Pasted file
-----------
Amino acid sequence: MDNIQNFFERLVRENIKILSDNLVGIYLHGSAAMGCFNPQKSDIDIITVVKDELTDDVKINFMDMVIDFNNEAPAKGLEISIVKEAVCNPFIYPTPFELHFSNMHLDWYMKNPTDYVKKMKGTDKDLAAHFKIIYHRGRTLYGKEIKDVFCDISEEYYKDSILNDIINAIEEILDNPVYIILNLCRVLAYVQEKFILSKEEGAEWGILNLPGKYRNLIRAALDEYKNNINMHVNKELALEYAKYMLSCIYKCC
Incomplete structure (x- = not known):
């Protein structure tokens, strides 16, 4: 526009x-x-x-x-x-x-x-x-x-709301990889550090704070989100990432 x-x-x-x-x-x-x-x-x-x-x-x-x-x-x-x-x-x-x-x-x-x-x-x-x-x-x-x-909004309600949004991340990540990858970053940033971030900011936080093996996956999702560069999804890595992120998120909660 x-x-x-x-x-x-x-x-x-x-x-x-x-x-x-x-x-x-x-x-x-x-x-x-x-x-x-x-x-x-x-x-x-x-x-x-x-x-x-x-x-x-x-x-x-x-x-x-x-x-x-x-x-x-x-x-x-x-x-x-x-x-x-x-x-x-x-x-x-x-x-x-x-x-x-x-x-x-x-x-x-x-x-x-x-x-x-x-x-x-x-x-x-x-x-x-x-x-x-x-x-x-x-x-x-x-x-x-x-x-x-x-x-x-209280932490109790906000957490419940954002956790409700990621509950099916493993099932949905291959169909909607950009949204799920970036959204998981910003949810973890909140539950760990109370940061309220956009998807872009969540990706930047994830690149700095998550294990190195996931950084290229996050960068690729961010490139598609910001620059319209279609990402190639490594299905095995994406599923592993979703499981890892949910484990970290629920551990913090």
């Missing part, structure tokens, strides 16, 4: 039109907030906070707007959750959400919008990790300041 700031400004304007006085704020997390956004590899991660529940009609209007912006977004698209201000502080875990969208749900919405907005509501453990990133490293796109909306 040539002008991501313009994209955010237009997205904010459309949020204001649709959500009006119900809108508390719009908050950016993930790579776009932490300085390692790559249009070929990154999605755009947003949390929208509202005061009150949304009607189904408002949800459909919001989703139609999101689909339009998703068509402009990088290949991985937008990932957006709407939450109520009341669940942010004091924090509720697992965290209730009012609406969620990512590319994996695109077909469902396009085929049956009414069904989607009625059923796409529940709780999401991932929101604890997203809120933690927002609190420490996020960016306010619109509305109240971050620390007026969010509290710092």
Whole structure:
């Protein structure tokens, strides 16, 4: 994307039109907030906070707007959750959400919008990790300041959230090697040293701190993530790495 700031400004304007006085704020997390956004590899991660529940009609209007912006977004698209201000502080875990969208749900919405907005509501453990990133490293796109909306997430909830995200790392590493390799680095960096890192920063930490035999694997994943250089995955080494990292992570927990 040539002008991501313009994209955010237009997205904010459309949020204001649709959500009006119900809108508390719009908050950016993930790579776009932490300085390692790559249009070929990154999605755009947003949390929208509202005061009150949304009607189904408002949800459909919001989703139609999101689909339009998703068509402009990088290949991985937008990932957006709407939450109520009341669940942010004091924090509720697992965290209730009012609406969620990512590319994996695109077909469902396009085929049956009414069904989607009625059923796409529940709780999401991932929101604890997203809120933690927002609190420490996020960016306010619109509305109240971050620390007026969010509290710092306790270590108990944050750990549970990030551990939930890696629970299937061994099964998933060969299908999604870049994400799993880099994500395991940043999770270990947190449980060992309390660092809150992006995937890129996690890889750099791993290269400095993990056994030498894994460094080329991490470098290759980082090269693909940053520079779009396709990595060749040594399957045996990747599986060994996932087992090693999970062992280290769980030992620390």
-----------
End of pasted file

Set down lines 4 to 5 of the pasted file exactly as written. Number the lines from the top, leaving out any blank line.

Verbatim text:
């Missing part, structure tokens, strides 16, 4: 039109907030906070707007959750959400919008990790300041 700031400004304007006085704020997390956004590899991660529940009609209007912006977004698209201000502080875990969208749900919405907005509501453990990133490293796109909306 040539002008991501313009994209955010237009997205904010459309949020204001649709959500009006119900809108508390719009908050950016993930790579776009932490300085390692790559249009070929990154999605755009947003949390929208509202005061009150949304009607189904408002949800459909919001989703139609999101689909339009998703068509402009990088290949991985937008990932957006709407939450109520009341669940942010004091924090509720697992965290209730009012609406969620990512590319994996695109077909469902396009085929049956009414069904989607009625059923796409529940709780999401991932929101604890997203809120933690927002609190420490996020960016306010619109509305109240971050620390007026969010509290710092």
Whole structure: